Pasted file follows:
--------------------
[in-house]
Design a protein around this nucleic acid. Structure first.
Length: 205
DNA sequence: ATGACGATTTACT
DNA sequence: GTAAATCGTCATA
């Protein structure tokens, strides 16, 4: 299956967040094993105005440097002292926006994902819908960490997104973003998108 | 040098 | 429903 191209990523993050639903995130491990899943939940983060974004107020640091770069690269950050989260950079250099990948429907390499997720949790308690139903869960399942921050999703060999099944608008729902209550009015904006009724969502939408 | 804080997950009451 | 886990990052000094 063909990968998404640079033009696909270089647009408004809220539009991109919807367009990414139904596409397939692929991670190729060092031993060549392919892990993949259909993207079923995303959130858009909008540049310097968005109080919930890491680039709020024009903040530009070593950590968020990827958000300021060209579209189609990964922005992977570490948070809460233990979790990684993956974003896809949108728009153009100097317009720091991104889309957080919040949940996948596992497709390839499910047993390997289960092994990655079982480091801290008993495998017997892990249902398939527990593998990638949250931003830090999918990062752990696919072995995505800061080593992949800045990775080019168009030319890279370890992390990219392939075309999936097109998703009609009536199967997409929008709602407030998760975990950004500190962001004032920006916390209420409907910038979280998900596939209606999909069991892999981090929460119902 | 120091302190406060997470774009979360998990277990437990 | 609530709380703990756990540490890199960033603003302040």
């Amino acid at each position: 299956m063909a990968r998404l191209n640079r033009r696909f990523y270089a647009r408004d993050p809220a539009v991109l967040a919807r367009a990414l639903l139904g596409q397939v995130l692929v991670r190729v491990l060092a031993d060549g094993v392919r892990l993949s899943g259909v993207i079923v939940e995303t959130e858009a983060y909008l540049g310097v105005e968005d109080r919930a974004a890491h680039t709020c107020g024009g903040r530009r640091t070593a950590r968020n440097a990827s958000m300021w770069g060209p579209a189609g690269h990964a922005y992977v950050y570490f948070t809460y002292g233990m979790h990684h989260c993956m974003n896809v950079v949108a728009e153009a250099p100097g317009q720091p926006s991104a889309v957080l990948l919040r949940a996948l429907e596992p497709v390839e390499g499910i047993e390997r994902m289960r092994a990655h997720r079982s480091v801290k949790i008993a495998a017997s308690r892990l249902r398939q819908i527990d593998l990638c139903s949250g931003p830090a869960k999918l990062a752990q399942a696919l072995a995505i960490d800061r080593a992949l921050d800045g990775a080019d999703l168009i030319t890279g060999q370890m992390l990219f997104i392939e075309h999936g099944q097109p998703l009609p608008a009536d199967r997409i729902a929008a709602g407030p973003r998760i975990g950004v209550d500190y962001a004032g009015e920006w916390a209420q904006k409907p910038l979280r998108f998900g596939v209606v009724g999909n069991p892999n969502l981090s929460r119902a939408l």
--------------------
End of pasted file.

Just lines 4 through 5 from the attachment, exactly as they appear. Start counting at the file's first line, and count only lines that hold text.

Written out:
DNA sequence: ATGACGATTTACT
DNA sequence: GTAAATCGTCATA